If you've never actually seen her in person, you've probably at least heard of her or seen her picture. This great symbol of freedom beckons in a famous poem by Emma Lazarus to "Keep, ancient lands, your storied pomp. Give me your tired, your poor, Your huddled masses yearning to breathe free, The wretched refuse of your teeming shore, Send these, the homeless, tempest-tost to me, I lift my lamp beside the golden door!"
While the language might be a bit strange sounding, the message is simple. The statue offered an open-armed welcome to the millions of immigrants seeking freedom in this country.
Lady Liberty was a gift to the United States from France. It was designed by Auguste Bartholdi
and engineered by Gustave Eiffel, who also engineered France's famous Eiffel tower. He modeled the statue after his mother, Marie.
Construction on the statue titled "Liberty Enlightening the World" began in France in 1875 and was completed nine years later. The statue was presented to America on July 4, 1884.
From her heel to the top of her head, Liberty stands 111 feet. In addition to the concrete, she contains more than 179,000 pounds of copper and 250,000 pounds of steel. Her total weight is 450,000 pounds.
How does a statue that big get across the Atlantic Ocean? Liberty was dismantled and shipped in 350 individual pieces in 214 crates.
While the statue sat in wooden crates, a place for it had to be decided on. The land that is now Liberty Island has its own interesting history and went through several uses and name changes. It was popular for oyster fishing, used as an infirmary and a pirate was even hung there.
Before the 1600s, the Mohegan natives called the little island "Minnissais" meaning "lesser island." The English seized it and called it "Oyster Island," probably because of the good oyster fishing.
It was later sold to a New Amsterdam businessman Isaack Bedloe who called it "Love Island." After his death, his daughter sold it to Archibald Kennedy, the commander of a British Naval Station who built a light house and called it "Kennedy Island." New York eventually bought it and built a hospital.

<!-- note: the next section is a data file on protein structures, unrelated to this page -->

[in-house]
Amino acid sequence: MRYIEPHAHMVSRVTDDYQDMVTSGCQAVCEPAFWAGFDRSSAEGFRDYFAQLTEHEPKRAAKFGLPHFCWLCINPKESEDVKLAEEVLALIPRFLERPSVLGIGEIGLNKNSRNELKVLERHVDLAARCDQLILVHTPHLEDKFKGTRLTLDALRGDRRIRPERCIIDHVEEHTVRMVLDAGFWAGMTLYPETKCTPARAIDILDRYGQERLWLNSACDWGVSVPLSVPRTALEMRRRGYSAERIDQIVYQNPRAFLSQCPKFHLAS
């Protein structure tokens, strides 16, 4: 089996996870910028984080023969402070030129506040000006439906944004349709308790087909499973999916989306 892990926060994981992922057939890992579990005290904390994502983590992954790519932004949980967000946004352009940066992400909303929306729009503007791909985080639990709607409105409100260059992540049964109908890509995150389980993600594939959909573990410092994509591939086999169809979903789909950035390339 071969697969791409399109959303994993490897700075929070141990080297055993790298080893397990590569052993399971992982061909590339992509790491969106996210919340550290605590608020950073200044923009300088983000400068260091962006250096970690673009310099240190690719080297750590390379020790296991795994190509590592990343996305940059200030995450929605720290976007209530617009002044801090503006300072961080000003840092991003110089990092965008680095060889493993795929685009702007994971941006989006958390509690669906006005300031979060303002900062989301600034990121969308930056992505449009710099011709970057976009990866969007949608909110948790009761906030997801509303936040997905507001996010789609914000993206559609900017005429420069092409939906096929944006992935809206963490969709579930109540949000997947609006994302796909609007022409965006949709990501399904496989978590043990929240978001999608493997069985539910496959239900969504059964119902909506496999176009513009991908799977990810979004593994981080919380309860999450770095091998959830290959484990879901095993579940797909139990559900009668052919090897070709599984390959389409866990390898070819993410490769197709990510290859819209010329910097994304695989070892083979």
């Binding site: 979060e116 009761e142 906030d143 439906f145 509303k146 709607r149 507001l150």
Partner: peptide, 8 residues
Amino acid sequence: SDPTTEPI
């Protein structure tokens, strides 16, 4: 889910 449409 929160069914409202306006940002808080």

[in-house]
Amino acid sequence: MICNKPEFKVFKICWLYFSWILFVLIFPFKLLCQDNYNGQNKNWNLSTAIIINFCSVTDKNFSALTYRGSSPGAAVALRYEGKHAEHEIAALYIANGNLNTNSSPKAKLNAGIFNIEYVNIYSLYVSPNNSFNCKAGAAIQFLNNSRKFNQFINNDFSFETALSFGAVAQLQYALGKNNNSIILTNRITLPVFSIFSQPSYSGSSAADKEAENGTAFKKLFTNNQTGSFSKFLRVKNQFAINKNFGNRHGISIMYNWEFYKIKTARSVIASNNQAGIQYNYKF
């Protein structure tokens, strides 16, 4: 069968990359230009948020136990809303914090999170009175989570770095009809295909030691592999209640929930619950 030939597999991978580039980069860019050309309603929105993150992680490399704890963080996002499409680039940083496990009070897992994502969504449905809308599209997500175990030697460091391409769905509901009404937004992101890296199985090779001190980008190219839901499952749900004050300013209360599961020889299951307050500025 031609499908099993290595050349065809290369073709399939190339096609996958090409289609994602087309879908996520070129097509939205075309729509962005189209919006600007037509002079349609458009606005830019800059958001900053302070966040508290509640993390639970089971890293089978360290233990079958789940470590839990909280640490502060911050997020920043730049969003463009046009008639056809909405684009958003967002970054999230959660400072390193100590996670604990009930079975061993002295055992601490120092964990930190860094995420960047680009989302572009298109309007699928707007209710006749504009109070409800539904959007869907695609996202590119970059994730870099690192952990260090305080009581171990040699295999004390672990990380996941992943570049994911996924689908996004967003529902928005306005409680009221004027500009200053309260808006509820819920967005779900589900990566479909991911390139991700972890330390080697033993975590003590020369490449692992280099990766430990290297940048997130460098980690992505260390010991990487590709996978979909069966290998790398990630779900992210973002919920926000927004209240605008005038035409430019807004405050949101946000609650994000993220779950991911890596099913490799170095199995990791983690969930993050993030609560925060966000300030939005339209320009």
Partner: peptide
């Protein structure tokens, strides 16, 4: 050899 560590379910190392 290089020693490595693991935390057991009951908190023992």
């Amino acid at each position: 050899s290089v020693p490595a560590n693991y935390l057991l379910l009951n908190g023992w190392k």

Liberty's designer Bartholdi visited New York and decided that Bedloe Island was the perfect place to put the statue. By 1884, excavation began for the construction of the pedestal that will hold up Liberty. Richard Morris Hunt designed the 11-point star.
On Oct. 15, 1886, the Statue of Liberty was dedicated and nearly 75 years later on June 30, 1960, Bedloe Island was renamed Liberty Island.
Today's lesson fulfills the following New York standards: E1c, E2d, E3c, E3d, E4a, E4b, E5a. Social Studies Standard 1.
Fun facts about the
lady in the harbor:
- Her dress is 400 yards long
- Her sandal is a women's size 879.
- Her toga represents "The Ancient Republic of Rome"
- The chains underfoot represent "Liberty crushing the chains of slavery"
- The 25 windows in her crown represent natural minerals of the earth
- There are 354 steps (22 stories) from the base to the crown.
The Statue of Liberty is a symbol of freedom. We are so used to freedom that we sometimes take for granted things that we would not be allowed to do in other countries. Make a list of freedoms that we celebrate in this country.
- If Bedloe's Island had not been chosen as the site for the statue, what site would you have picked? Write a short essay on why you made your choice.
- Look through today's paper for stories or pictures that demonstrate a freedom we enjoy in the United States. It could be freedom of religion, speech or right of assembly.
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